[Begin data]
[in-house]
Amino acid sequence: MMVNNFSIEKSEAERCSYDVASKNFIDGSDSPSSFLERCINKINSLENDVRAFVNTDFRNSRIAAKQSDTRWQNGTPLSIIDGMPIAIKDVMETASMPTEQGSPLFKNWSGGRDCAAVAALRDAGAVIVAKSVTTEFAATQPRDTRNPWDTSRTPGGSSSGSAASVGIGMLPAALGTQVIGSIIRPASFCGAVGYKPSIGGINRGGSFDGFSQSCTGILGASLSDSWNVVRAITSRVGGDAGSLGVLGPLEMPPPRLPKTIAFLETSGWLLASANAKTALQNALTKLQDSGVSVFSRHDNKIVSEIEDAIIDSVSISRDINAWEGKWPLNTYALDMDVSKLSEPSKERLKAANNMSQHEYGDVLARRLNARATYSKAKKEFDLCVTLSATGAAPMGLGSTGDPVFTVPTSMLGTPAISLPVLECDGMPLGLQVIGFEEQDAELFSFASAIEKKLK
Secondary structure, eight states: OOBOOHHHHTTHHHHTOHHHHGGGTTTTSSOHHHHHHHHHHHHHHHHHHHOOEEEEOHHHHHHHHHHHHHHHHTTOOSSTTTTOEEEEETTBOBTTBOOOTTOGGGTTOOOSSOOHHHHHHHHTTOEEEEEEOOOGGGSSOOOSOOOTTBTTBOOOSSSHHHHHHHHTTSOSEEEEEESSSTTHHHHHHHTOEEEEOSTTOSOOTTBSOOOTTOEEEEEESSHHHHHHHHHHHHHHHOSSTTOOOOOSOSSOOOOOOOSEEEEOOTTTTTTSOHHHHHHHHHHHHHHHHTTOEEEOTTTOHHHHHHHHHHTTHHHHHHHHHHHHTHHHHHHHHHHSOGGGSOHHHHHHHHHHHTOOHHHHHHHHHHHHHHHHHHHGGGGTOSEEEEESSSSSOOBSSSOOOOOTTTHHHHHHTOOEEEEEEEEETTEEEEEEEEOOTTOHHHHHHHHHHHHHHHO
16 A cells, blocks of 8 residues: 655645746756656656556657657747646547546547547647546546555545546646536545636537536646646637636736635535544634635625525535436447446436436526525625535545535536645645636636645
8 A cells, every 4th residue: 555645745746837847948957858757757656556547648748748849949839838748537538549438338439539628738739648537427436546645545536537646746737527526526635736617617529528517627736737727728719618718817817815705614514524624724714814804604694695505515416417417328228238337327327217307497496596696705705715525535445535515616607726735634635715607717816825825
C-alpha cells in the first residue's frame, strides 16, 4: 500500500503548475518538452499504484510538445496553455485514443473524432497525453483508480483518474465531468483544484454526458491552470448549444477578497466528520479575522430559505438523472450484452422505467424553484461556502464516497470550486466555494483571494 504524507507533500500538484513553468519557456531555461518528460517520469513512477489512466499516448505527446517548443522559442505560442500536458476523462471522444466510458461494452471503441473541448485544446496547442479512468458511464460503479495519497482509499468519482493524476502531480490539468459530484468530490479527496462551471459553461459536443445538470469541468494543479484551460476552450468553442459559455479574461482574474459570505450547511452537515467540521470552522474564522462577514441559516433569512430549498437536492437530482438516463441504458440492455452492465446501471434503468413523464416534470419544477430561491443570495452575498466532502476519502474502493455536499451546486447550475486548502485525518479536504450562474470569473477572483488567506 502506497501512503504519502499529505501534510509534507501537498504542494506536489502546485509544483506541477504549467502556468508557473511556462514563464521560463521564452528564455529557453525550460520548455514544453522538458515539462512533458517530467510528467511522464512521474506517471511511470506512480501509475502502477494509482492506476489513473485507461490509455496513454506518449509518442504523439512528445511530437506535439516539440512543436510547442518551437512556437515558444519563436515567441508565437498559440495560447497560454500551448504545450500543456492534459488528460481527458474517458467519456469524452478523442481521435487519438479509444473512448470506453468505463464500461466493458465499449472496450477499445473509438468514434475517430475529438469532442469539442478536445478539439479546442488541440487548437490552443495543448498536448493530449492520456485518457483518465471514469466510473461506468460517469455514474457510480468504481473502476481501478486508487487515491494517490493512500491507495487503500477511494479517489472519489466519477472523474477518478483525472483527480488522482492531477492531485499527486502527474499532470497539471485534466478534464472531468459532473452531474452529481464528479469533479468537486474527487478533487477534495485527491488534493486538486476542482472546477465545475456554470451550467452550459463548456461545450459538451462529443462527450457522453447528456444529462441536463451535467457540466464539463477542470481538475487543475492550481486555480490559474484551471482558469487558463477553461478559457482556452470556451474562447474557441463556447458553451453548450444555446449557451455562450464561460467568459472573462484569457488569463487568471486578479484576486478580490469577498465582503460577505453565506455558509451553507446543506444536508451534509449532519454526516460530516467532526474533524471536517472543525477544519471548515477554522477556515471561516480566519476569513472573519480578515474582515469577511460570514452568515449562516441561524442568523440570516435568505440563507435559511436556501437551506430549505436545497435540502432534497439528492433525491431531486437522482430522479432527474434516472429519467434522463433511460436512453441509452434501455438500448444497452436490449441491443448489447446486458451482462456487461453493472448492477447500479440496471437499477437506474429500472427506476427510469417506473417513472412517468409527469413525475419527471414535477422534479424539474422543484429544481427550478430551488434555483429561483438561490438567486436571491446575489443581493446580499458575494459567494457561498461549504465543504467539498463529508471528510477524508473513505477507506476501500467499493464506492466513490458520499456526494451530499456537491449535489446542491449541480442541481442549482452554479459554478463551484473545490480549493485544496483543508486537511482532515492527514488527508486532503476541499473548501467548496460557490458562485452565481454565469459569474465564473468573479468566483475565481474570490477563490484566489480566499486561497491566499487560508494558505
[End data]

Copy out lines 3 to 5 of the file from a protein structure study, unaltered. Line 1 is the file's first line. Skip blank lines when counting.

Secondary structure, eight states: OOBOOHHHHTTHHHHTOHHHHGGGTTTTSSOHHHHHHHHHHHHHHHHHHHOOEEEEOHHHHHHHHHHHHHHHHTTOOSSTTTTOEEEEETTBOBTTBOOOTTOGGGTTOOOSSOOHHHHHHHHTTOEEEEEEOOOGGGSSOOOSOOOTTBTTBOOOSSSHHHHHHHHTTSOSEEEEEESSSTTHHHHHHHTOEEEEOSTTOSOOTTBSOOOTTOEEEEEESSHHHHHHHHHHHHHHHOSSTTOOOOOSOSSOOOOOOOSEEEEOOTTTTTTSOHHHHHHHHHHHHHHHHTTOEEEOTTTOHHHHHHHHHHTTHHHHHHHHHHHHTHHHHHHHHHHSOGGGSOHHHHHHHHHHHTOOHHHHHHHHHHHHHHHHHHHGGGGTOSEEEEESSSSSOOBSSSOOOOOTTTHHHHHHTOOEEEEEEEEETTEEEEEEEEOOTTOHHHHHHHHHHHHHHHO
16 A cells, blocks of 8 residues: 655645746756656656556657657747646547546547547647546546555545546646536545636537536646646637636736635535544634635625525535436447446436436526525625535545535536645645636636645
8 A cells, every 4th residue: 555645745746837847948957858757757656556547648748748849949839838748537538549438338439539628738739648537427436546645545536537646746737527526526635736617617529528517627736737727728719618718817817815705614514524624724714814804604694695505515416417417328228238337327327217307497496596696705705715525535445535515616607726735634635715607717816825825